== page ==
Movie Review – Nanny (2022)


Written and directed by Nikyatu Jusu.
Starring Anna Diop, Michelle Monaghan, Sinqua Walls, Morgan Spector, Rose Decker, Leslie Uggams, Zephani Idoko, Olamide Candide-Johnson, Jahleel Kamara, Princess Adenike, Mitzie Pratt, Keturah Hamilton, Stephanie Jae Park and Ebbe Bassey.


Crafting a new life for herself in New York City while raising a child for an Upper East Side family, immigrant nanny Aisha is forced to confront a hidden truth that threatens to destroy her precarious American dream.

What’s more terrifying than subtle racism directed at an undocumented immigrant just trying to do his job and live out his version of the American Dream? This is the basis for writer/director Nikyatu Jusu (a prominent short filmmaker making her feature film debut) Nannyfollows Senegalese caretaker Aisha (a notable breakthrough by Anna Diop) who has just been hired by a wealthy white family as a live-in babysitter for their five-year-old daughter Rose (Rose Decker).

Rose is known for disobeying janitors and causing trouble, especially when she refuses to eat. Aisha has none of these problems. Instead, the young girl asks if they can try some Senegalese cuisines, quickly like them and solve this problem. Meanwhile, parents Amy and Adam (Michelle Monaghan and Morgan Spector, respectively) are distant and quibbling when they’re in the same room. This happens to the extent that their self-centered behavior makes them act as careless guardians (Adam even goes so far as to make an unwelcome romantic move towards Aisha), with Aisha as the true nurturer. Eventually, Amy catches a glimpse of Rose wolfing down the delicious African food and quickly snapping at Aisha with what appears to be racist intent under the guise that “the food might be too spicy.”

There are several similar instances where Nanny cuts devastatingly to the damaged core of how wealthy American families treat their workers (particularly black ones), powerfully heightened by cuts to Anna Diop expressing inwardly strong body language despite being insecure and nervous is how it should be. Sure, she can speak up and defend her dignity, but she also desperately needs the money to get her son Lamine (Jahleel Kamara) to America as soon as possible to celebrate his birthday. It also doesn’t help that Amy frequently asks Aisha to take care of Rose’s overtime, often causing her to cut her pay or completely forget to compensate her. In return, Aisha must repeatedly bring this misconduct to Adam, who has ulterior motives.

All of this is a way of expressing the dramatic elements of Nanny thoughtfully depict racial dynamics and call for a nuanced and layered performance from Anna Diop, who takes on the situation. Whenever she communicates with her son via Zoom (or something like that), we can feel her heart aching and wish them to be reunited. At the same time, her connection with Rose is sweet and moving, up until a few missteps in the third act. The second she politely asks Rose to go to her room, ready to vent her anger at the family’s mistreatment of her responsible professional care doing is a jubilant moment. And doubly so when you consider that Amy is the kind of willfully ignorant white woman who thinks that as a woman she can create frustrations in the workplace and find instant common ground with an African woman.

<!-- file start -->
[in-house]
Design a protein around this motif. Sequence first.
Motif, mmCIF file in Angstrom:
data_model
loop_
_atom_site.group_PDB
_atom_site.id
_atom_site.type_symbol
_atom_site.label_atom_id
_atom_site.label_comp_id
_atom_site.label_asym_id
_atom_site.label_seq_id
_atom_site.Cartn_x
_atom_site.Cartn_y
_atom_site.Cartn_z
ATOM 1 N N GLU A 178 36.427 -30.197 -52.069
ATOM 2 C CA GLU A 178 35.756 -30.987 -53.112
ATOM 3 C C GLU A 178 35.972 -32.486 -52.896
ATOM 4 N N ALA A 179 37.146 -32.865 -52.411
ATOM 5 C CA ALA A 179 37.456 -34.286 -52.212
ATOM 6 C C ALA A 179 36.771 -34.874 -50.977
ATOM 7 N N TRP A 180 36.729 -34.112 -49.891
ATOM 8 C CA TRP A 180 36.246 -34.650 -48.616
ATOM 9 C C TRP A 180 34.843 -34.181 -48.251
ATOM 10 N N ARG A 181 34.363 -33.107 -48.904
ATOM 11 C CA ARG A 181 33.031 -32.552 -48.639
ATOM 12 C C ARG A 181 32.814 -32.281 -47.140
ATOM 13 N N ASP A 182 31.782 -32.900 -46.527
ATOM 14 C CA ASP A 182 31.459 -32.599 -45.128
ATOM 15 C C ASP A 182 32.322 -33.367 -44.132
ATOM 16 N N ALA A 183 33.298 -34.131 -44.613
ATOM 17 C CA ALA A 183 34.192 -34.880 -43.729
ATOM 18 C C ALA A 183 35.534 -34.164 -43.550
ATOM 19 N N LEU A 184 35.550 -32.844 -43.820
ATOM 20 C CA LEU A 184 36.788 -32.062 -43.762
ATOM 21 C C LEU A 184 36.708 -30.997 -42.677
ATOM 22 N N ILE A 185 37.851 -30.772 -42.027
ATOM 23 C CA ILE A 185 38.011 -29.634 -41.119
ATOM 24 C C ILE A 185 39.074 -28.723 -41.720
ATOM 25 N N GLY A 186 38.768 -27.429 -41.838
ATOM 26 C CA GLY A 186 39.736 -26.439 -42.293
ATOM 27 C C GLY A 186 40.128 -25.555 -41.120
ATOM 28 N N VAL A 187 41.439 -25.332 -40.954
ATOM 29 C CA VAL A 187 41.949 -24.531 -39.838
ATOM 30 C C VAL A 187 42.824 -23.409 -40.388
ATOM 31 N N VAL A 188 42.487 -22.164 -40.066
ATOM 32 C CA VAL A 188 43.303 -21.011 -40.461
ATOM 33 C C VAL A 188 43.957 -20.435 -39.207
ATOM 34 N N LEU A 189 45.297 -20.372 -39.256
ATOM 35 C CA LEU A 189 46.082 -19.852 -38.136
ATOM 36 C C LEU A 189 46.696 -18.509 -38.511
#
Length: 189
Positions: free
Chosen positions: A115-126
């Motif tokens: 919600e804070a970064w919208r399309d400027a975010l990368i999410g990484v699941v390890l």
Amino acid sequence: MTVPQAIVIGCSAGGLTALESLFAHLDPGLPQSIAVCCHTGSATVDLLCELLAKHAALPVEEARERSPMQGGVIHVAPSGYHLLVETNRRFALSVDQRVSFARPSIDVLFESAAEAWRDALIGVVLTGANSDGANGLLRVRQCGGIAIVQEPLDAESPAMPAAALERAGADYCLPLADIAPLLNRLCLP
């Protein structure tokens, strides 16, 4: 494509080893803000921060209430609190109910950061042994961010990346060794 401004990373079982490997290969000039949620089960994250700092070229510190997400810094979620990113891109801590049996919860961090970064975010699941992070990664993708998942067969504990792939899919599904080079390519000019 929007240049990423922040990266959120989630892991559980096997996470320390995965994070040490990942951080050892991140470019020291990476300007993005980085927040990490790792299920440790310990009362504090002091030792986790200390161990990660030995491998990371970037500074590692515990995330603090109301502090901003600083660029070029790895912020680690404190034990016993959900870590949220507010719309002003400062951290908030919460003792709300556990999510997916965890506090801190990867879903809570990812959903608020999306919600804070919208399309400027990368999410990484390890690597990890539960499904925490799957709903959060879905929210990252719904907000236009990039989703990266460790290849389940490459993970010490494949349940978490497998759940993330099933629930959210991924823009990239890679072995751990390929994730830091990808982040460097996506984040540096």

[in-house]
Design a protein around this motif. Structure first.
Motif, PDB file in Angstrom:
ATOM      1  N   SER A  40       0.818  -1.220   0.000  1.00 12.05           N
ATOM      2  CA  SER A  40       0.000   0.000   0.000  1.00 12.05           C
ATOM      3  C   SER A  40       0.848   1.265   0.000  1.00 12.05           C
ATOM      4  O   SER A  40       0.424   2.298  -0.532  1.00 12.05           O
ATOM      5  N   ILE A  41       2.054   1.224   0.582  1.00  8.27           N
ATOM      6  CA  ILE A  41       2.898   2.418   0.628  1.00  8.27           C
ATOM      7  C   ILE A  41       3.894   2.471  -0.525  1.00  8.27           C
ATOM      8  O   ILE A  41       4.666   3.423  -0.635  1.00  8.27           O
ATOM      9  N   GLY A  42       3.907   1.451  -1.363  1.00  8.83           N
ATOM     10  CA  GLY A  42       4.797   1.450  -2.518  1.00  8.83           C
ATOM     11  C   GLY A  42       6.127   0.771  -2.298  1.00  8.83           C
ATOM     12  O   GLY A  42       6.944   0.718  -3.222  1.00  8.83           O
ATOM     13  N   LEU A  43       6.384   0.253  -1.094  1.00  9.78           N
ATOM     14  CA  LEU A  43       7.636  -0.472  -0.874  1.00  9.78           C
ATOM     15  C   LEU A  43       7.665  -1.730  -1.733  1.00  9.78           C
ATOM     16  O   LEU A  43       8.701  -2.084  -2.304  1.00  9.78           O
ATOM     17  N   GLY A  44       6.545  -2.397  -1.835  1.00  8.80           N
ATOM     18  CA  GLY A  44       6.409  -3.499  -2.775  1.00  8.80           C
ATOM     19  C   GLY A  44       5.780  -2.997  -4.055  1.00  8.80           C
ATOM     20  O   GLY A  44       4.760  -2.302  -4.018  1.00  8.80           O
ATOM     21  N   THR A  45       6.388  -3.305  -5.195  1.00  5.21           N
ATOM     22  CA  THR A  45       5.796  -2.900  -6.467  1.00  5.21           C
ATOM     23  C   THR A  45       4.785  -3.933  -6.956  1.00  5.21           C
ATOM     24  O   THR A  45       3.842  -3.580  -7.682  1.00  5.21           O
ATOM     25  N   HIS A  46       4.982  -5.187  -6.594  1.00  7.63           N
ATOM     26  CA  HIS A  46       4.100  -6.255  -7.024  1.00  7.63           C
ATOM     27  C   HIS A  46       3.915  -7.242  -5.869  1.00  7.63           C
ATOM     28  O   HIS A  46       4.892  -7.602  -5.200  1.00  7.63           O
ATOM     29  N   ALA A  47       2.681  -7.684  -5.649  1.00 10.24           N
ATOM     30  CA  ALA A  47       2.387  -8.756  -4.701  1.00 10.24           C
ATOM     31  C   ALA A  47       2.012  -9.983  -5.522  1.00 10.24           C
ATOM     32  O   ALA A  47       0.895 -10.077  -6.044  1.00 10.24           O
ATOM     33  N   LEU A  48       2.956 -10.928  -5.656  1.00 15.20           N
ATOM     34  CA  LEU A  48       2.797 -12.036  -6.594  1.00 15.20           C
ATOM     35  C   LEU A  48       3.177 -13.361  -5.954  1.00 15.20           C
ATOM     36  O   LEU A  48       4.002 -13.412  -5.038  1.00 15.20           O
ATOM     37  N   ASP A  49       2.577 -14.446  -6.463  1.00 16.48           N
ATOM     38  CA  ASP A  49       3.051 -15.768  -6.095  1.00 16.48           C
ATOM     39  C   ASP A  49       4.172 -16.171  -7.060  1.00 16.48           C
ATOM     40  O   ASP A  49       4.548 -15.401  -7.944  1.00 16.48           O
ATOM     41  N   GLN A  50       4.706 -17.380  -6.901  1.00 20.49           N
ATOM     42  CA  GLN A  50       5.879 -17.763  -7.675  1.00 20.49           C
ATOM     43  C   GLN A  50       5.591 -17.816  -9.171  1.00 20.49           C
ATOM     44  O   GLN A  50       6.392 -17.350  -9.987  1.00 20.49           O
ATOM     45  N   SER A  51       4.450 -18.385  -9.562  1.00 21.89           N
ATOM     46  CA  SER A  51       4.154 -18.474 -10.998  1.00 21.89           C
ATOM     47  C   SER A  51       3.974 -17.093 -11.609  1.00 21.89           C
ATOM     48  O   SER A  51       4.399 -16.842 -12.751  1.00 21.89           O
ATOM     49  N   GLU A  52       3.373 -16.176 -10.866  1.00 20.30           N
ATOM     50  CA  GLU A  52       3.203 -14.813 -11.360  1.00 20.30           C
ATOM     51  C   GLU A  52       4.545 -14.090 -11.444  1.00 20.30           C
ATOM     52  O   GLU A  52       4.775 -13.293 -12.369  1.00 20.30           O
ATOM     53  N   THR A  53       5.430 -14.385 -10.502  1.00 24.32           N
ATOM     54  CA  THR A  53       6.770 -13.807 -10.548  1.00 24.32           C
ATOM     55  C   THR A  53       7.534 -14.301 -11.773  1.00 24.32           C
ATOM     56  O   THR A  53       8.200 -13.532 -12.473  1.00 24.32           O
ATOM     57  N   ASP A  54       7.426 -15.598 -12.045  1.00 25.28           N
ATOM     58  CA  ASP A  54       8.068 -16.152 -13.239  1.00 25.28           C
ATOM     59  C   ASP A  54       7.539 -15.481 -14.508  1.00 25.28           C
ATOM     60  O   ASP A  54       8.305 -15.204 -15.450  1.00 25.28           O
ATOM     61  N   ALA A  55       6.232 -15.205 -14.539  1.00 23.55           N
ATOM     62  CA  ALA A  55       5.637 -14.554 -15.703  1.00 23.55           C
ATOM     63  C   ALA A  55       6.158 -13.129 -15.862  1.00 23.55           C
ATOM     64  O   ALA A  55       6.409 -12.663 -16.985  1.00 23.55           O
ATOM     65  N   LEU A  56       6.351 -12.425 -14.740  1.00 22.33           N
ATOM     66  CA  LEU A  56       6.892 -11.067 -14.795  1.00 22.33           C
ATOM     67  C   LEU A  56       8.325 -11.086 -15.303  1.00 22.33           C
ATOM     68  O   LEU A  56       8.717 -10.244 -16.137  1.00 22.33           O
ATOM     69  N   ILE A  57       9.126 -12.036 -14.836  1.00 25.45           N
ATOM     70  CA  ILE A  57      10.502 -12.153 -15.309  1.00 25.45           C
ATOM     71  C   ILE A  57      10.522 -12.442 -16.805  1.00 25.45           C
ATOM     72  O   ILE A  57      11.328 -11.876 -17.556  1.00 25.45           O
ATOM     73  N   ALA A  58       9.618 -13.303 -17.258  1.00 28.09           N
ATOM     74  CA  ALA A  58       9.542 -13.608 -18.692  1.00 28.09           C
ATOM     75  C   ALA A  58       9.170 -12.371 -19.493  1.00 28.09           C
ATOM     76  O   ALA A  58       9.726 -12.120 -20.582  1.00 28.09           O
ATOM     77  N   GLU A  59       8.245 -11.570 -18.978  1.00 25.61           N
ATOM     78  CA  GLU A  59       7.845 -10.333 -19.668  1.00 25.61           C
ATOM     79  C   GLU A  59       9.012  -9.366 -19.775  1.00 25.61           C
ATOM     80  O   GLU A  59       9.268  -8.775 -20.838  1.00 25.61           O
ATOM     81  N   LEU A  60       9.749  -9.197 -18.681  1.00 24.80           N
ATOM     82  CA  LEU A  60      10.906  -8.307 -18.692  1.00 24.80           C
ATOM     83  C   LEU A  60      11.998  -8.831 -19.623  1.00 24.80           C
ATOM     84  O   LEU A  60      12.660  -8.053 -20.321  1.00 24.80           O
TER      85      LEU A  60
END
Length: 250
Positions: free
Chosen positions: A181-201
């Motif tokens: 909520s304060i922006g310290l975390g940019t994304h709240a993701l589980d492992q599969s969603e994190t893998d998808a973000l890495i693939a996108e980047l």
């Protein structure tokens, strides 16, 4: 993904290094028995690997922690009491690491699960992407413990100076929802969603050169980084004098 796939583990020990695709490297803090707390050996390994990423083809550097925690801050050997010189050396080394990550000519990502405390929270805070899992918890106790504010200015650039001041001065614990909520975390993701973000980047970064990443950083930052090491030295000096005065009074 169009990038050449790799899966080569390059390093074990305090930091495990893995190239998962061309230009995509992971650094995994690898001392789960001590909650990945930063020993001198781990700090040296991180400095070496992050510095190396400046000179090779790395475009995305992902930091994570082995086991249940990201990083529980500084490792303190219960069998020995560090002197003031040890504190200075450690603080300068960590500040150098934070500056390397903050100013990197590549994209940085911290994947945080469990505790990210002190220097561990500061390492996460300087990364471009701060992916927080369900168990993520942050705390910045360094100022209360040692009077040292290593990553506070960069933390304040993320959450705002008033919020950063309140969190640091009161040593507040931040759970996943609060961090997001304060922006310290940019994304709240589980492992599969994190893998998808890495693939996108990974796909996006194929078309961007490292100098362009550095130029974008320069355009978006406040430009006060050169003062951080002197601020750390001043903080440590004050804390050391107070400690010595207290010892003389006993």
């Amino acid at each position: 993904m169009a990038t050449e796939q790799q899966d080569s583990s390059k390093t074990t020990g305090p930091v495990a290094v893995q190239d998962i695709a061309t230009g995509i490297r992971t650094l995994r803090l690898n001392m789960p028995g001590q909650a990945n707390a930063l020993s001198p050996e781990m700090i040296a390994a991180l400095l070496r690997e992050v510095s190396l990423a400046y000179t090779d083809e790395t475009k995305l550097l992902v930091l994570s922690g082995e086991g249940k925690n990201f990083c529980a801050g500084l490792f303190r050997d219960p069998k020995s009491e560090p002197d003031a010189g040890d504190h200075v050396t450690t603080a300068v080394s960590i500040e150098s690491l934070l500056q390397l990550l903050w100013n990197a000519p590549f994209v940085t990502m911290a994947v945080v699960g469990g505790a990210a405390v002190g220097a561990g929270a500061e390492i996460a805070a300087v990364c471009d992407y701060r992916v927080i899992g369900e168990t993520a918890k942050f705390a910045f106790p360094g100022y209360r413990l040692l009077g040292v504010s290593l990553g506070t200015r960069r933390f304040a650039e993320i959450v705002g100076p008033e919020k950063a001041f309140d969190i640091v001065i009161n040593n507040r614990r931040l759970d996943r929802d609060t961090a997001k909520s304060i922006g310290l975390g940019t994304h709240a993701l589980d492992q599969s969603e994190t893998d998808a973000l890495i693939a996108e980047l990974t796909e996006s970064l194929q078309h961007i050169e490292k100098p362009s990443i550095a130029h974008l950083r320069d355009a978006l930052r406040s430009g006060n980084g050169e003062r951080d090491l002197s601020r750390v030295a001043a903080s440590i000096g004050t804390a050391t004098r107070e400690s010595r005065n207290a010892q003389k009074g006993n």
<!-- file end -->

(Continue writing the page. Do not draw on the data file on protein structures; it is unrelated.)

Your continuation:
There is also a horror aspect Nanny (that’s how the film has been discussed and marketed since it won the Grand Jury Prize at Sundance), with dream sequence visions of floods, power outages leading to encounters with the African water spirit Mami Wata, and bedtime stories of the trickster spider Anansi. This folklore is refreshing and welcome, but the problem with Nanny is that most of its supernatural fright (if you want to call it that) is overcompensated in hopes of adding depth to a big reveal that’s impossible not to miss.

However, the difference between Nanny and utterly predictable genre fare is its rich characters and compelling dynamics, often exquisitely lit and enhanced with cinematographer Rina Yang’s gorgeous blues and greens. Certain plot points leave you wanting more (particularly a somewhat underdeveloped romantic relationship between Aisha and Sinqua Walls’ single father, Malik, even as they engage in a particularly riveting conversation), and the endgame feels both abruptly draining and disjointed, yet rewarding.

But Anna Diop refuses to drown beneath such blemishes in an otherwise visually arresting, intriguingly crafted, engrossingly acted tale of escalating problematic racial dynamics and mystical horror. However, there is an unequal balance in quality Nanny is nevertheless beautiful and makes both the director and the star crazy.

SEE ALSO: Exclusive Interview – Nanny Star Anna Diop Talks African Folklore, Works With Jordan Peele and More

Flickering Myth Rating – Movie: ★★★ / Movie: ★★★

Robert Kojder is a member of the Chicago Film Critics Association and the Critics Choice Association. He is also the editor of Flickering Myth Reviews. Check here for new reviews, follow mine Twitter or letterboxd or email me at [email protected]


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